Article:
We were fifth graders.
Ms. Hurley had invited the Minotaur to display his vast collection to the class. He dressed
formally in shined shoes, held up in a glass case
a skinless muscle.
He said, “This was the heart when she was married.”
He didn’t explain who she was, or why only her heart remained.
“The architecture of the body. The deepest layers,” he went on. We were in awe. Dion asked if
he hunted at dusk.
“Only if it’s snowing.”
Ms. Hurley passed out paints and permanent markers. The Minotaur invited us to decorate the
swallowed stones inside the alligator stomach.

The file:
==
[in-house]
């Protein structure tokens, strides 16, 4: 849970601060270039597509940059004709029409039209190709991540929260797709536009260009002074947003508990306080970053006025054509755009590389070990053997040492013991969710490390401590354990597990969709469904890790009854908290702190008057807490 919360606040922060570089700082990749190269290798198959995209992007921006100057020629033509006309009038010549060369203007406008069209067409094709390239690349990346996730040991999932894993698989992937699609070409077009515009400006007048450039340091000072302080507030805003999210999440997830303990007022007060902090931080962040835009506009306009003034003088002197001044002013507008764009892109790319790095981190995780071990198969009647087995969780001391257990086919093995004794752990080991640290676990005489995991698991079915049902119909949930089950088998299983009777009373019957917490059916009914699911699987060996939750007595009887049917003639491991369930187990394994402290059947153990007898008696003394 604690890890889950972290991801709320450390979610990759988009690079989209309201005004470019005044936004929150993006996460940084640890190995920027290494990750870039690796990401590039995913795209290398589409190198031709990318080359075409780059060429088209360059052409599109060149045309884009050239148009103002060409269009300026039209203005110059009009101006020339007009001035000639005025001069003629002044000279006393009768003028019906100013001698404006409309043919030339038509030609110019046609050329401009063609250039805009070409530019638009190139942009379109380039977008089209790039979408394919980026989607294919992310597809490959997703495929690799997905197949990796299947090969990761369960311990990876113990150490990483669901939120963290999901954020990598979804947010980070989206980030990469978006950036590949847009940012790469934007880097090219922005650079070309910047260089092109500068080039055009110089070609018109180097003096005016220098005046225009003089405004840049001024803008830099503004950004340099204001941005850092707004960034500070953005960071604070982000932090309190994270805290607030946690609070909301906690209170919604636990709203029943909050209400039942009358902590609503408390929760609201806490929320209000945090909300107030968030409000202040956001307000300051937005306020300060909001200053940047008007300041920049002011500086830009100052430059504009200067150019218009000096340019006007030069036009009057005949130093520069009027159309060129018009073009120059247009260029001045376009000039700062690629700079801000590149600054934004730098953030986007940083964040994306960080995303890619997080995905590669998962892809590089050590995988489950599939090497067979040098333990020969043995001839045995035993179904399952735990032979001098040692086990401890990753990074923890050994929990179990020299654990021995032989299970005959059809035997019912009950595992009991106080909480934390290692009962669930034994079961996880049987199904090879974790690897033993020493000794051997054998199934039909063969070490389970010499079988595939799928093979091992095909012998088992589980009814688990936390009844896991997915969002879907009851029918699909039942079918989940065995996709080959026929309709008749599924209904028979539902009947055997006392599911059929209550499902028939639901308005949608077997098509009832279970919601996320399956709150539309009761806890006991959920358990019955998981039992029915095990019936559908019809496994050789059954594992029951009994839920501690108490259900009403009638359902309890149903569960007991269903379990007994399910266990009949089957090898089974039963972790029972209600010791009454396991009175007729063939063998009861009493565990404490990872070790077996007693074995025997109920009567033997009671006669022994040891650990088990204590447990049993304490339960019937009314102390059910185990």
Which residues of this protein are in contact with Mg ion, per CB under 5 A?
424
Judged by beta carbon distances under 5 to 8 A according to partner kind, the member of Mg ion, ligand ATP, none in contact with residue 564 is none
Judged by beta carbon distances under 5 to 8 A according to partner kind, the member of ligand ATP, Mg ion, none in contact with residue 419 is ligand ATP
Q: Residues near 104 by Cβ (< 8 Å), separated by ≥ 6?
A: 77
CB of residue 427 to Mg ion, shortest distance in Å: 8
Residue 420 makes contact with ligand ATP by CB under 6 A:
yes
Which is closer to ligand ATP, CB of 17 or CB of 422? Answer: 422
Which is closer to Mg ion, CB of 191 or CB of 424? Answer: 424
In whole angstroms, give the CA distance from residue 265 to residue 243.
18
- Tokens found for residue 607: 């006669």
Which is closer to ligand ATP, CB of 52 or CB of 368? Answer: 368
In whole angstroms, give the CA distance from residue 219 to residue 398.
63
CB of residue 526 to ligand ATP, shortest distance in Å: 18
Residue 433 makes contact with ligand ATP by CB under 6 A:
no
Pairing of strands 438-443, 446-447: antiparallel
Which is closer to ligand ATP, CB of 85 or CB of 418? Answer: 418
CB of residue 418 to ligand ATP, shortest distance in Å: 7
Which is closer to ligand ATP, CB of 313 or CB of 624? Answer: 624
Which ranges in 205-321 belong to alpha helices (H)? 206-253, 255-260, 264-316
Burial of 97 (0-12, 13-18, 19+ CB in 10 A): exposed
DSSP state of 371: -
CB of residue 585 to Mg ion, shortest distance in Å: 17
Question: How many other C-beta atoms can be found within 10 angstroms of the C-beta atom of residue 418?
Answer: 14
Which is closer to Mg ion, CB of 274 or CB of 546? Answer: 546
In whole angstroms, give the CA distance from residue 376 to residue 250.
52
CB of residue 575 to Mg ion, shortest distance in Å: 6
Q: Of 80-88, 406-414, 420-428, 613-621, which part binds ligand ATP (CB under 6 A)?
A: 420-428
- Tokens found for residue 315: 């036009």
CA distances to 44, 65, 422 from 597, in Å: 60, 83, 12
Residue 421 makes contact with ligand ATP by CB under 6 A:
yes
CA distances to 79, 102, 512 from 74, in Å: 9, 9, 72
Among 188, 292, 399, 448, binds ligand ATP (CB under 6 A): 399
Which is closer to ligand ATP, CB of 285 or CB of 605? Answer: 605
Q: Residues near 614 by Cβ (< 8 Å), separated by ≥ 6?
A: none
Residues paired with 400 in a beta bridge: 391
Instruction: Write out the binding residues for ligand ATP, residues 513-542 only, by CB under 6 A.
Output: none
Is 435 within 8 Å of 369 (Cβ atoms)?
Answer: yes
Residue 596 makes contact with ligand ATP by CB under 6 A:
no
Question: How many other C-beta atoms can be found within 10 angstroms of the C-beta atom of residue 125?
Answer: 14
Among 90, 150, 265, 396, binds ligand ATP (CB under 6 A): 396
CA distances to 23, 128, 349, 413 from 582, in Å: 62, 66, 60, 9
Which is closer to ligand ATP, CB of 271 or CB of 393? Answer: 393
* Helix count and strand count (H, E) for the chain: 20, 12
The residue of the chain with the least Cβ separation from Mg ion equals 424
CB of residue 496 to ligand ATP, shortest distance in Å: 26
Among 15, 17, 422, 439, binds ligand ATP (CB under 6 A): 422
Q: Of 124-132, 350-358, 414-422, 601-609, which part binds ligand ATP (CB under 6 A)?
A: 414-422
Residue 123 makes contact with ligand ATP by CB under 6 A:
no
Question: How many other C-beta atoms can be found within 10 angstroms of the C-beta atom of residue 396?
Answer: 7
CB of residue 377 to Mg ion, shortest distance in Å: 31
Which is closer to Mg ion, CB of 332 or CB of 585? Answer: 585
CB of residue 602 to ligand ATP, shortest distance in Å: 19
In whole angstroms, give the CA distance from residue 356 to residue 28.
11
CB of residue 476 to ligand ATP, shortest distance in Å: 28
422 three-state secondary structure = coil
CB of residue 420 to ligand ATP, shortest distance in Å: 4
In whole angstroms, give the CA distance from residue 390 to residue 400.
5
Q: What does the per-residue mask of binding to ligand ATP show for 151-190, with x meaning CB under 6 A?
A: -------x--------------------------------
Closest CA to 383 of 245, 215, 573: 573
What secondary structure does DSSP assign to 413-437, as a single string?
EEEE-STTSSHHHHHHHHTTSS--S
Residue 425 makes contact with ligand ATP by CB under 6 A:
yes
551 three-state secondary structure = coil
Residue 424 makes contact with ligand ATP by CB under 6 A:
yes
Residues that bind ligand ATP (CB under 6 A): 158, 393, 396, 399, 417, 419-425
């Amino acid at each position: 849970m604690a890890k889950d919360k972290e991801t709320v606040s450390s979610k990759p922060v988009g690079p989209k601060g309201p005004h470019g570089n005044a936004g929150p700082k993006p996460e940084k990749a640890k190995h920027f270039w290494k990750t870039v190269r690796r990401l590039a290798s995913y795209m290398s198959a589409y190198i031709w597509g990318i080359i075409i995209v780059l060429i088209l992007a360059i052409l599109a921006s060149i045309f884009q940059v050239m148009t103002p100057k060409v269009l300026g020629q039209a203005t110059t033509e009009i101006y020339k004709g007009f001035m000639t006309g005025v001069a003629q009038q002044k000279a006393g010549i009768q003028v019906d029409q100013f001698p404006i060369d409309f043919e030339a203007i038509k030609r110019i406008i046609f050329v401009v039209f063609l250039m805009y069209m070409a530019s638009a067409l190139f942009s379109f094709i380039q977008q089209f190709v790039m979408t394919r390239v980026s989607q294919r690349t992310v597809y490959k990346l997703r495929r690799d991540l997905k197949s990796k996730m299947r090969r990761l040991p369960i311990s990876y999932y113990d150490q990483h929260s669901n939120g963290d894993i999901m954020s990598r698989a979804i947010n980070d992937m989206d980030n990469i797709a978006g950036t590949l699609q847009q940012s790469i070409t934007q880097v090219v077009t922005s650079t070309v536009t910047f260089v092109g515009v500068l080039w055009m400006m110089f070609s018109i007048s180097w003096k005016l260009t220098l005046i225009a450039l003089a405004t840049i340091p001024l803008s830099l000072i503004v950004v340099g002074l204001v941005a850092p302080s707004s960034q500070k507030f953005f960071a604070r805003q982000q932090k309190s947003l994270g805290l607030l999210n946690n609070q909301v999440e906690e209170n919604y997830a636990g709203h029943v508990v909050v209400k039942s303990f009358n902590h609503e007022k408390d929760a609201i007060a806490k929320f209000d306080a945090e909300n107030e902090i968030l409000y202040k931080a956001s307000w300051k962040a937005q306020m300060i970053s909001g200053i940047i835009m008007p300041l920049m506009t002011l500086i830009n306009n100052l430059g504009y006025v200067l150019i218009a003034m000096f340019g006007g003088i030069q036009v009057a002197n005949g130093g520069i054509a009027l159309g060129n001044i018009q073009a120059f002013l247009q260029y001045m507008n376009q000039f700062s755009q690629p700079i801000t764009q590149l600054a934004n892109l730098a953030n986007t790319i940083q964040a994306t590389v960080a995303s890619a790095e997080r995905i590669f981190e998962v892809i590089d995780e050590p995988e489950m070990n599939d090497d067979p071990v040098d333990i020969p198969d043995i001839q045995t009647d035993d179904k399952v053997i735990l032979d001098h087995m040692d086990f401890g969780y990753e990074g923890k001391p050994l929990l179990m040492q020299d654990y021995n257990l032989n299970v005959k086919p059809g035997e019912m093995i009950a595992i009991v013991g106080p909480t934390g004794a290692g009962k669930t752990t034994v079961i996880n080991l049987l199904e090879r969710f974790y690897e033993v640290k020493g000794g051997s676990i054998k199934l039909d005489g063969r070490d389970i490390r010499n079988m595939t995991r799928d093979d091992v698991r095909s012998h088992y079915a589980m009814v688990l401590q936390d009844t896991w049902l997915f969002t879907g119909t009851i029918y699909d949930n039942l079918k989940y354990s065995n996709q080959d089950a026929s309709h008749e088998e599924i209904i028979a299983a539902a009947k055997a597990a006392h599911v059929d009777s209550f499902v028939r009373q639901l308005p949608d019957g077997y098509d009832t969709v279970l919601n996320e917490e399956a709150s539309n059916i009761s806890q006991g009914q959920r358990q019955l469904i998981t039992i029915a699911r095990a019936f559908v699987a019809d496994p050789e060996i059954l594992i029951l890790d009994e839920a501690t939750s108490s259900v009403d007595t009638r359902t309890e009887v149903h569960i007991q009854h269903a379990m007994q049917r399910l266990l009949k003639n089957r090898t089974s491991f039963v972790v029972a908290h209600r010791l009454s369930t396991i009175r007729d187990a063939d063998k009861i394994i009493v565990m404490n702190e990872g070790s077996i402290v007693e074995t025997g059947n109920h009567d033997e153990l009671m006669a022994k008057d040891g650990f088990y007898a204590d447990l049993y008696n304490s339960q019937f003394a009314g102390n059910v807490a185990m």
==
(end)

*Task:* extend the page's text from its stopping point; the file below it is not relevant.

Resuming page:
“He was large, hard to take down,” the Minotaur said. “But it’s impossible to really know
I slumped over my desk to rest my head in my arms and listened as the Minotaur’s tail whacked
something on the tiled floor. On my swallowed stone, I painted the weather inside a zebra stripe.
I generated its lightning, the blankets of pulverized ice. It was a place you’d never want to return
to. While the paint still dried, the Minotaur reached over and grabbed the stone with his hooves.
“Generous use of color,” he said. His voice trembled. He brought the stone to his nostrils.
Detected its smell, its warmth, shed one slow-moving tear.
“I had a pony like this once,” he said.